This article is part of the special report The World in 2050.
There’s a cost to becoming climate neutral — it will mean having to abandon trillions of euros in energy assets that will no longer be needed in a greener world.
The technical term is a “stranded asset” and it encompasses all the infrastructure needed to dig out, process and ship fossil fuels, as well as the vast coal, oil and gas reserves left forever underground.
The assets that will have to be disused or repurposed if Europe is to meet its goal of becoming carbon neutral by 2050 include pipelines, pumping stations, oil rigs, coal mines, gas stations, power plants and even buildings that can’t be upgraded to meet modern energy standards.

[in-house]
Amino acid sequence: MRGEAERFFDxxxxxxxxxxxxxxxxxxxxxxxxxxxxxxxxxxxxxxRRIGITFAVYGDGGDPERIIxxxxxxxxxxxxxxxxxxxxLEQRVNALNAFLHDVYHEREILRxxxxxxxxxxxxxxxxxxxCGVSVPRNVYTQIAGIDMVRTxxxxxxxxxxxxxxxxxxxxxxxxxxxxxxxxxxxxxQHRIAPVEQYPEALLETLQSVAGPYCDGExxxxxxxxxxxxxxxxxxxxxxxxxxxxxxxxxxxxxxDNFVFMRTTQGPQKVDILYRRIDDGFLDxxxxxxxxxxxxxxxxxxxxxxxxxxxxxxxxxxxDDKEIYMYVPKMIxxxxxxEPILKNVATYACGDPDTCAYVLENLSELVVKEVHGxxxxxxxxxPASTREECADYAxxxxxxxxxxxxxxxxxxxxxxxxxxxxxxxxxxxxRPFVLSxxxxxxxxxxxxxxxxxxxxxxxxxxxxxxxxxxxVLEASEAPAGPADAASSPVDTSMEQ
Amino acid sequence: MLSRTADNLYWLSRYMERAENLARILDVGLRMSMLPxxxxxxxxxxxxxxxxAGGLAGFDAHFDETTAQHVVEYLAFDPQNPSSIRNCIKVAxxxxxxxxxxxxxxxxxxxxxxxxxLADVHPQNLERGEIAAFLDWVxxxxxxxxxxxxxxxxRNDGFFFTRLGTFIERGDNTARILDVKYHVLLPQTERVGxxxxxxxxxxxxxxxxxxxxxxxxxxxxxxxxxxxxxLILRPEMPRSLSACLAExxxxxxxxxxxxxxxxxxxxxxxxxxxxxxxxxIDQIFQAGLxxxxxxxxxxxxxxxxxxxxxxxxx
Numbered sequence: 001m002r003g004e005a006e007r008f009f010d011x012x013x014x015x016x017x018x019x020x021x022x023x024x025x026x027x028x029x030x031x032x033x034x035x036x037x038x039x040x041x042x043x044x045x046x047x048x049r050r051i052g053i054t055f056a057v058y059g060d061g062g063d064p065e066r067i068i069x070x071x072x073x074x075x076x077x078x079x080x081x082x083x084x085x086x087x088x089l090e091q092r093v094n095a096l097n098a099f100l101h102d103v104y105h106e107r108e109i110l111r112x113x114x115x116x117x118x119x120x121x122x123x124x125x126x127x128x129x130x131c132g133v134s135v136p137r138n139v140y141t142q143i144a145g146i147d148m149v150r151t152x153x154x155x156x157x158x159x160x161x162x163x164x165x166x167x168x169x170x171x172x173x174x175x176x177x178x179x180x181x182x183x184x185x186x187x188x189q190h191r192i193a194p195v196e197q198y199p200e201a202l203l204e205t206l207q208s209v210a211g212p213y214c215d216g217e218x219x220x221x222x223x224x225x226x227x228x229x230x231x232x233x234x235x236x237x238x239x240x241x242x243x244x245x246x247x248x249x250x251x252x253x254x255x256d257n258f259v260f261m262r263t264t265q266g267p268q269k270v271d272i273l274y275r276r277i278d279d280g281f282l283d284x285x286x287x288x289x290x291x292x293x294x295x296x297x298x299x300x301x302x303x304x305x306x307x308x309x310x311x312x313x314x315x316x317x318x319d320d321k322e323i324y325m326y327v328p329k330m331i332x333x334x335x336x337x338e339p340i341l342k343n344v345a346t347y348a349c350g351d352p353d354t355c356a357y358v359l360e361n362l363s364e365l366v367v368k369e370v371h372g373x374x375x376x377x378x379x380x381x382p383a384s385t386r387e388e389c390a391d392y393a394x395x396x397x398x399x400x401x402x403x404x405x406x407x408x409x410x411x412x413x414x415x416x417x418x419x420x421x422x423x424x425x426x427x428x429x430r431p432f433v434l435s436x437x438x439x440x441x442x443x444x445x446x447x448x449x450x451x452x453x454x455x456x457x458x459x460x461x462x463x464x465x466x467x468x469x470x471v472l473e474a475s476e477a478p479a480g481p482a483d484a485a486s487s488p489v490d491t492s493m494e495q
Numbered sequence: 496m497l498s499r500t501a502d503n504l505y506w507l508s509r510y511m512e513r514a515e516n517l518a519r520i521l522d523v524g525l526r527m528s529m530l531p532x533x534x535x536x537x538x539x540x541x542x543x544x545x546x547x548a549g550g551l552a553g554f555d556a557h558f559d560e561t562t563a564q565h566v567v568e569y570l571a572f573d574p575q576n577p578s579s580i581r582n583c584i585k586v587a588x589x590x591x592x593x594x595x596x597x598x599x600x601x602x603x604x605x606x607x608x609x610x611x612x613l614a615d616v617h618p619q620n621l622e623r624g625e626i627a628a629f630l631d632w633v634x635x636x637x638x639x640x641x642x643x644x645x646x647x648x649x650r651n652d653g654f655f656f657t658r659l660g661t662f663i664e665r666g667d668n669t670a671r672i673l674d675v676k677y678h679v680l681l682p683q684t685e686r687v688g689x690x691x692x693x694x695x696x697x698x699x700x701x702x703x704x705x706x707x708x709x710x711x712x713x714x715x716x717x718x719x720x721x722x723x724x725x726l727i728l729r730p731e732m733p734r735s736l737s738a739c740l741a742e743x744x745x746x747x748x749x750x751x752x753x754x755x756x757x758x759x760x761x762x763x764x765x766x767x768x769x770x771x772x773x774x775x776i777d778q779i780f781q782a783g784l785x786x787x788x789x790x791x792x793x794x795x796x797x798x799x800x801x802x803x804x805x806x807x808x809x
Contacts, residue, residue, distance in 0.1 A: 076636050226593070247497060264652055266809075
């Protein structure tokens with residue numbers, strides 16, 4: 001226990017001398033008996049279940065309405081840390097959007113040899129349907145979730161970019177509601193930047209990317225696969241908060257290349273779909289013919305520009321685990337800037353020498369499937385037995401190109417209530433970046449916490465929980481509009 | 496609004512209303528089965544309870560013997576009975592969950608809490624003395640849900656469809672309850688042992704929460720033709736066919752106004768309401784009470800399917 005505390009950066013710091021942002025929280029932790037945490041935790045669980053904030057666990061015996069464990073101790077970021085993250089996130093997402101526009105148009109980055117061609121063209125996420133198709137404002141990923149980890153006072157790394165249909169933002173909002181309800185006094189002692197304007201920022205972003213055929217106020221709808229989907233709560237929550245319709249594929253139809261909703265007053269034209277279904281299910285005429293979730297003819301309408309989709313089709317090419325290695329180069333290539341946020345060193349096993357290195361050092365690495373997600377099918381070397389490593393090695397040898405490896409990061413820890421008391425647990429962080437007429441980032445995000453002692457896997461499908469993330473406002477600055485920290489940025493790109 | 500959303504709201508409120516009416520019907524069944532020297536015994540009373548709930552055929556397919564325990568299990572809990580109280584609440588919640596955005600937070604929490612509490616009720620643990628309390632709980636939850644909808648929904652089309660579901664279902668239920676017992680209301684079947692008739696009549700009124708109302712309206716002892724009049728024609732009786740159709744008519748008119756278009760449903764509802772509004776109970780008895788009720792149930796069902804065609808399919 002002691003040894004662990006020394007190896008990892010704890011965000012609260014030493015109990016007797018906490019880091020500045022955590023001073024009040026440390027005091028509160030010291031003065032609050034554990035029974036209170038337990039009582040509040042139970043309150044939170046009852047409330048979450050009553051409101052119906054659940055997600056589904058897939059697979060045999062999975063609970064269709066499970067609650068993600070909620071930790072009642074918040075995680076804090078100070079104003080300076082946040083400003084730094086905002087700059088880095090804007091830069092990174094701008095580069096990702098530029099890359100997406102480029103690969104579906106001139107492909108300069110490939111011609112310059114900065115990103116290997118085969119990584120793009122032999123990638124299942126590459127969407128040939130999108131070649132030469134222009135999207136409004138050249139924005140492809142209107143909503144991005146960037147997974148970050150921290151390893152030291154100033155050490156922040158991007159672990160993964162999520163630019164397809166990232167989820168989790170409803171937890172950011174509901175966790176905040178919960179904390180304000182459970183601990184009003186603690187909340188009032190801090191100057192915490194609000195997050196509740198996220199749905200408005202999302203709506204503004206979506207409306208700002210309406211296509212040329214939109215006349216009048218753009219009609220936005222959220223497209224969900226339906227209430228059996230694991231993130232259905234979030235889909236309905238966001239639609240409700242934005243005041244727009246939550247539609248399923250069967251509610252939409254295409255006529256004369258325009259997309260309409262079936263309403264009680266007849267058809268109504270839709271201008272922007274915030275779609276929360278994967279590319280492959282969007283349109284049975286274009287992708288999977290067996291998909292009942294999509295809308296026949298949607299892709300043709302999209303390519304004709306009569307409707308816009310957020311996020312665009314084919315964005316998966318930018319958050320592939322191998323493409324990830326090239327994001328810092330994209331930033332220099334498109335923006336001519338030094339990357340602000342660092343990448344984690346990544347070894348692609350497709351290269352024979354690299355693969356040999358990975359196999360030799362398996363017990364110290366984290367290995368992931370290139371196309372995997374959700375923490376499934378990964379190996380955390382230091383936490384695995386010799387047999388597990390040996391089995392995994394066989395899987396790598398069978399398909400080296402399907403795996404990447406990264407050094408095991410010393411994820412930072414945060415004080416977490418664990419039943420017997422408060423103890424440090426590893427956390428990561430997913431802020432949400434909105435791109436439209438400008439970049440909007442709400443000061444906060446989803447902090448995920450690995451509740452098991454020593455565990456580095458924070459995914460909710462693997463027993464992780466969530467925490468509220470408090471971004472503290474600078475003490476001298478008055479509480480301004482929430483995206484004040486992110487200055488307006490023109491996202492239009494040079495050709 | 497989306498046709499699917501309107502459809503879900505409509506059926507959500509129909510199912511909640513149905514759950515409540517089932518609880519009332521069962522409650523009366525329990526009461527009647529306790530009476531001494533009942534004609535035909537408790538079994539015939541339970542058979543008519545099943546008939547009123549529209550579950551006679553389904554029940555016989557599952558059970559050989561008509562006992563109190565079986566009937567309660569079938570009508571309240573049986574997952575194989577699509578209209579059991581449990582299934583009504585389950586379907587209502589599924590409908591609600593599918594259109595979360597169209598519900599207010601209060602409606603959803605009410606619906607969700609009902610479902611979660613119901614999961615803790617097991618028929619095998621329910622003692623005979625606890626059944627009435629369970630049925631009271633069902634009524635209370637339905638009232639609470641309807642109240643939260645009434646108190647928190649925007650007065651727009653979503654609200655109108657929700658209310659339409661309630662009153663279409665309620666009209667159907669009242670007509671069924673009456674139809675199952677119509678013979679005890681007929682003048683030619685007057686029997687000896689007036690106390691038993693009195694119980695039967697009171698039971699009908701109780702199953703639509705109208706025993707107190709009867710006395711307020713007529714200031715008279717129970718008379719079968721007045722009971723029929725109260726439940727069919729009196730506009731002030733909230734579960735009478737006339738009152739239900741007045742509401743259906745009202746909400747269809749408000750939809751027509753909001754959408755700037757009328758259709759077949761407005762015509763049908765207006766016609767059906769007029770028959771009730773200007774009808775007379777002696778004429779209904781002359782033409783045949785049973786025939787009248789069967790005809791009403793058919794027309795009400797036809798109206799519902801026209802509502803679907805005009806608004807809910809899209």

If the world takes rapid action under the Paris Agreement to limit global warming to 2 degrees, the total stranded assets’ value would be about $10 trillion, according to the International Renewable Energy Agency. If it acts more slowly, under a more conservative business-as-usual approach, the cost will be far greater — roughly doubling as companies build new assets they will eventually have to abandon.
Those costs are becoming real very quickly. This week, BP announced it is writing off up to $17.5 billion in assets thanks both to the coronavirus slump and to the shift away from fossil fuels.
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